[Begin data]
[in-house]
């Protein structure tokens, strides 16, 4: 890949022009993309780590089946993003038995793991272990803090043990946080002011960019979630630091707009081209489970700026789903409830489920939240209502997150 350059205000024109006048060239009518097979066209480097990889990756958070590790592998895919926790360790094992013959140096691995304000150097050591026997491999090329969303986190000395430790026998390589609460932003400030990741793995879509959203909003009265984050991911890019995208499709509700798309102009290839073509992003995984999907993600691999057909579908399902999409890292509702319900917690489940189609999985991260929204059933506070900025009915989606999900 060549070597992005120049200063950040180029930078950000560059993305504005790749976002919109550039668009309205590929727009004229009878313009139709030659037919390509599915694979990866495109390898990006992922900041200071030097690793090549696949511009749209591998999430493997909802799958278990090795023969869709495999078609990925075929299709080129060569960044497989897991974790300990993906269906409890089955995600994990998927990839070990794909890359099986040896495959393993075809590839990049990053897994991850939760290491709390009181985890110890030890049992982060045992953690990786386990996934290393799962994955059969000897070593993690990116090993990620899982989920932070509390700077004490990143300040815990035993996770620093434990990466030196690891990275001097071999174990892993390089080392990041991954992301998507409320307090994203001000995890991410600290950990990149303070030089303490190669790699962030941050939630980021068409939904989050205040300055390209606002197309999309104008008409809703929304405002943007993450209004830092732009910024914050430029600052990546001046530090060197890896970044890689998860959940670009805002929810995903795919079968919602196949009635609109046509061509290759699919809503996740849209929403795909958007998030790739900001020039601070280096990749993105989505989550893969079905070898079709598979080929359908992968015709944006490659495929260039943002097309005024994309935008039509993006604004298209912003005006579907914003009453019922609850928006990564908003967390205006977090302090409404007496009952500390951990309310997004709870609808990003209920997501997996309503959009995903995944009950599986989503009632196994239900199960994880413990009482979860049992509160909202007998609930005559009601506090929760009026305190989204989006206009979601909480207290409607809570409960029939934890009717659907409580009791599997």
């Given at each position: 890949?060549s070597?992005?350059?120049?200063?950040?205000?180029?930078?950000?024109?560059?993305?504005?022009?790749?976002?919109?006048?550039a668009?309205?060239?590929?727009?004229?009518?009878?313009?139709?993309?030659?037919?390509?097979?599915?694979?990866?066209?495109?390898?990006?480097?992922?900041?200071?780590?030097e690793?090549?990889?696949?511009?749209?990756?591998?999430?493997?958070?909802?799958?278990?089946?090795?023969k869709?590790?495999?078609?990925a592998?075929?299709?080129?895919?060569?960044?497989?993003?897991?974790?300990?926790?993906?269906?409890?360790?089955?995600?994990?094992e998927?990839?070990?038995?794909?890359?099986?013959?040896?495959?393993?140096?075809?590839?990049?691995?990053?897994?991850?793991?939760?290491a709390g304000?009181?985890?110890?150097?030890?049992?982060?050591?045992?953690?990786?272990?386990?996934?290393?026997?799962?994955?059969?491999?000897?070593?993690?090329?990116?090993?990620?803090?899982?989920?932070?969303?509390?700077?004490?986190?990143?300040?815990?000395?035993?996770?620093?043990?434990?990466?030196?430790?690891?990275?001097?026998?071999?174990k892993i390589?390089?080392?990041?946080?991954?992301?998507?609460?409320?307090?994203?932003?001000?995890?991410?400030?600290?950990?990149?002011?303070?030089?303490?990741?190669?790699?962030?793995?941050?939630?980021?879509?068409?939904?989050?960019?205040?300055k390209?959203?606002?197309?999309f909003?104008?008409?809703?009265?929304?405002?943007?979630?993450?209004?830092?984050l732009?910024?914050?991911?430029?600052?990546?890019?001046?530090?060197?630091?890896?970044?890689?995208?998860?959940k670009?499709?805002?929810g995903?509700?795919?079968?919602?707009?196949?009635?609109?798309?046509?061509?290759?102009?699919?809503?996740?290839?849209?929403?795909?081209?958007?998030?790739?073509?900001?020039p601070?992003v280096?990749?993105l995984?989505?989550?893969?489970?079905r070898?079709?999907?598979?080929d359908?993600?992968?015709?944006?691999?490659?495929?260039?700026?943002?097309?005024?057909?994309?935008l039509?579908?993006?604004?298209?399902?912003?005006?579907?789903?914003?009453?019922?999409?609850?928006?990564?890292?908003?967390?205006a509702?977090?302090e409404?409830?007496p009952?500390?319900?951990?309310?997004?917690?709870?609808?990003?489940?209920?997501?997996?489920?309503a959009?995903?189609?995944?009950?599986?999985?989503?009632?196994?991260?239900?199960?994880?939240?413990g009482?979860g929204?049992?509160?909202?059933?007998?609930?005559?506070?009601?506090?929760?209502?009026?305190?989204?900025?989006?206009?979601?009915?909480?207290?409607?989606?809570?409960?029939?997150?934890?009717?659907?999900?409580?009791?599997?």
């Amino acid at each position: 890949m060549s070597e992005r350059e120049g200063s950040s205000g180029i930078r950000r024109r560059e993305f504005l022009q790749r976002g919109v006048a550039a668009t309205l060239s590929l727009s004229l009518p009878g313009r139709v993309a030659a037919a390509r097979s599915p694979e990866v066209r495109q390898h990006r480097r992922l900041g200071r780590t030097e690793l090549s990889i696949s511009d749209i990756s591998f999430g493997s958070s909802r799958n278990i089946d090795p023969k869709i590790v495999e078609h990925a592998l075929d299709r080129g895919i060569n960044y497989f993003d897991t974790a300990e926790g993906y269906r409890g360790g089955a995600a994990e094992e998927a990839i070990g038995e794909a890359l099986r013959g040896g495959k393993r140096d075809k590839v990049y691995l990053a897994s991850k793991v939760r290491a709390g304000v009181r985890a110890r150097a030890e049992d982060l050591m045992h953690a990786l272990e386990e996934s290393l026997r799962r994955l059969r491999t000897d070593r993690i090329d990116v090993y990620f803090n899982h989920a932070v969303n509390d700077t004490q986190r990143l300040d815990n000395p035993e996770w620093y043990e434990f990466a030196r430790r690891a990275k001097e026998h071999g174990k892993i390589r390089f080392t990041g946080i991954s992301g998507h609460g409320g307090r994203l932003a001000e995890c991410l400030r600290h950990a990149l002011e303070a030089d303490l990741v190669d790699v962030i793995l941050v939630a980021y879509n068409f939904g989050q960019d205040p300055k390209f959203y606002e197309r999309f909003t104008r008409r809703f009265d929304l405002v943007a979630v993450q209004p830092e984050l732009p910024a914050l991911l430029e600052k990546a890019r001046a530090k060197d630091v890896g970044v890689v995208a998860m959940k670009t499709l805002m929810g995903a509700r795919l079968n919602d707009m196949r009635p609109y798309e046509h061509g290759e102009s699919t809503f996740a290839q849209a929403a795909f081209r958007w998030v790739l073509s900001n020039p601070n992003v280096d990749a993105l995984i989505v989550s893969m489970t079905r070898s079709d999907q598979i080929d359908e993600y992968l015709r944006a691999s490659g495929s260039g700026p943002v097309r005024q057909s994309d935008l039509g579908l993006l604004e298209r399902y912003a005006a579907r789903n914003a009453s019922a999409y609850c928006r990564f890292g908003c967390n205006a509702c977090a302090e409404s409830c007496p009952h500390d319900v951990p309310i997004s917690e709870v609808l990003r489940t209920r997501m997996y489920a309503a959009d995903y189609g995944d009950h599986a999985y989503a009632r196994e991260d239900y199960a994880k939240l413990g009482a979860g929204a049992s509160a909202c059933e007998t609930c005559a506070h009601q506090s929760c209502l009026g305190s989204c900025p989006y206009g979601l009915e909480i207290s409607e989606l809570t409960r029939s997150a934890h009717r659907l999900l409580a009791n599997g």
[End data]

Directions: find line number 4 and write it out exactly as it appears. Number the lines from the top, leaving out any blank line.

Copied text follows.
């Amino acid at each position: 890949m060549s070597e992005r350059e120049g200063s950040s205000g180029i930078r950000r024109r560059e993305f504005l022009q790749r976002g919109v006048a550039a668009t309205l060239s590929l727009s004229l009518p009878g313009r139709v993309a030659a037919a390509r097979s599915p694979e990866v066209r495109q390898h990006r480097r992922l900041g200071r780590t030097e690793l090549s990889i696949s511009d749209i990756s591998f999430g493997s958070s909802r799958n278990i089946d090795p023969k869709i590790v495999e078609h990925a592998l075929d299709r080129g895919i060569n960044y497989f993003d897991t974790a300990e926790g993906y269906r409890g360790g089955a995600a994990e094992e998927a990839i070990g038995e794909a890359l099986r013959g040896g495959k393993r140096d075809k590839v990049y691995l990053a897994s991850k793991v939760r290491a709390g304000v009181r985890a110890r150097a030890e049992d982060l050591m045992h953690a990786l272990e386990e996934s290393l026997r799962r994955l059969r491999t000897d070593r993690i090329d990116v090993y990620f803090n899982h989920a932070v969303n509390d700077t004490q986190r990143l300040d815990n000395p035993e996770w620093y043990e434990f990466a030196r430790r690891a990275k001097e026998h071999g174990k892993i390589r390089f080392t990041g946080i991954s992301g998507h609460g409320g307090r994203l932003a001000e995890c991410l400030r600290h950990a990149l002011e303070a030089d303490l990741v190669d790699v962030i793995l941050v939630a980021y879509n068409f939904g989050q960019d205040p300055k390209f959203y606002e197309r999309f909003t104008r008409r809703f009265d929304l405002v943007a979630v993450q209004p830092e984050l732009p910024a914050l991911l430029e600052k990546a890019r001046a530090k060197d630091v890896g970044v890689v995208a998860m959940k670009t499709l805002m929810g995903a509700r795919l079968n919602d707009m196949r009635p609109y798309e046509h061509g290759e102009s699919t809503f996740a290839q849209a929403a795909f081209r958007w998030v790739l073509s900001n020039p601070n992003v280096d990749a993105l995984i989505v989550s893969m489970t079905r070898s079709d999907q598979i080929d359908e993600y992968l015709r944006a691999s490659g495929s260039g700026p943002v097309r005024q057909s994309d935008l039509g579908l993006l604004e298209r399902y912003a005006a579907r789903n914003a009453s019922a999409y609850c928006r990564f890292g908003c967390n205006a509702c977090a302090e409404s409830c007496p009952h500390d319900v951990p309310i997004s917690e709870v609808l990003r489940t209920r997501m997996y489920a309503a959009d995903y189609g995944d009950h599986a999985y989503a009632r196994e991260d239900y199960a994880k939240l413990g009482a979860g929204a049992s509160a909202c059933e007998t609930c005559a506070h009601q506090s929760c209502l009026g305190s989204c900025p989006y206009g979601l009915e909480i207290s409607e989606l809570t409960r029939s997150a934890h009717r659907l999900l409580a009791n599997g």